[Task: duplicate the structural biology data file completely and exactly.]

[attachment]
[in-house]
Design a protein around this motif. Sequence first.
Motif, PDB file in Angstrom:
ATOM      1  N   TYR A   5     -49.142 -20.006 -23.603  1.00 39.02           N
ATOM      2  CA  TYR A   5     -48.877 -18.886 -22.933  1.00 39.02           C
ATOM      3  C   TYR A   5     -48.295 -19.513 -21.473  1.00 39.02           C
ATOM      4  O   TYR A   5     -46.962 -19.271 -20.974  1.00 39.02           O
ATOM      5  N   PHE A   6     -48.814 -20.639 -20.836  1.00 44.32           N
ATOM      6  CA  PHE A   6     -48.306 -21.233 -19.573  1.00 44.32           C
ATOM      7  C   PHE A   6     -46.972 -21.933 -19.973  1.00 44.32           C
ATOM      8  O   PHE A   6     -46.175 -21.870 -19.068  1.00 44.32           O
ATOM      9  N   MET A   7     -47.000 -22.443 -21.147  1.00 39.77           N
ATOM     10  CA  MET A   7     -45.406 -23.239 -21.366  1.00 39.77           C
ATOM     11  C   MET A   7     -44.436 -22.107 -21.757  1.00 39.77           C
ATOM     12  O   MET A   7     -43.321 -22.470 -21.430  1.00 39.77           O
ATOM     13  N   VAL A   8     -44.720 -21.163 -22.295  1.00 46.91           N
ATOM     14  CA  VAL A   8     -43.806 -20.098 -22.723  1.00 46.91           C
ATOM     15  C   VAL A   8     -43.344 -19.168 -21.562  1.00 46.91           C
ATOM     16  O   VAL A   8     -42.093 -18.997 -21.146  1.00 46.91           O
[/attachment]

[in-house]
Design a protein around this motif. Sequence first.
Motif, PDB file in Angstrom:
ATOM      1  N   TYR A   5     -49.142 -20.006 -23.603  1.00 39.02           N
ATOM      2  CA  TYR A   5     -48.877 -18.886 -22.933  1.00 39.02           C
ATOM      3  C   TYR A   5     -48.295 -19.513 -21.473  1.00 39.02           C
ATOM      4  O   TYR A   5     -46.962 -19.271 -20.974  1.00 39.02           O
ATOM      5  N   PHE A   6     -48.814 -20.639 -20.836  1.00 44.32           N
ATOM      6  CA  PHE A   6     -48.306 -21.233 -19.573  1.00 44.32           C
ATOM      7  C   PHE A   6     -46.972 -21.933 -19.973  1.00 44.32           C
ATOM      8  O   PHE A   6     -46.175 -21.870 -19.068  1.00 44.32           O
ATOM      9  N   MET A   7     -47.000 -22.443 -21.147  1.00 39.77           N
ATOM     10  CA  MET A   7     -45.406 -23.239 -21.366  1.00 39.77           C
ATOM     11  C   MET A   7     -44.436 -22.107 -21.757  1.00 39.77           C
ATOM     12  O   MET A   7     -43.321 -22.470 -21.430  1.00 39.77           O
ATOM     13  N   VAL A   8     -44.720 -21.163 -22.295  1.00 46.91           N
ATOM     14  CA  VAL A   8     -43.806 -20.098 -22.723  1.00 46.91           C
ATOM     15  C   VAL A   8     -43.344 -19.168 -21.562  1.00 46.91           C
ATOM     16  O   VAL A   8     -42.093 -18.997 -21.146  1.00 46.91           O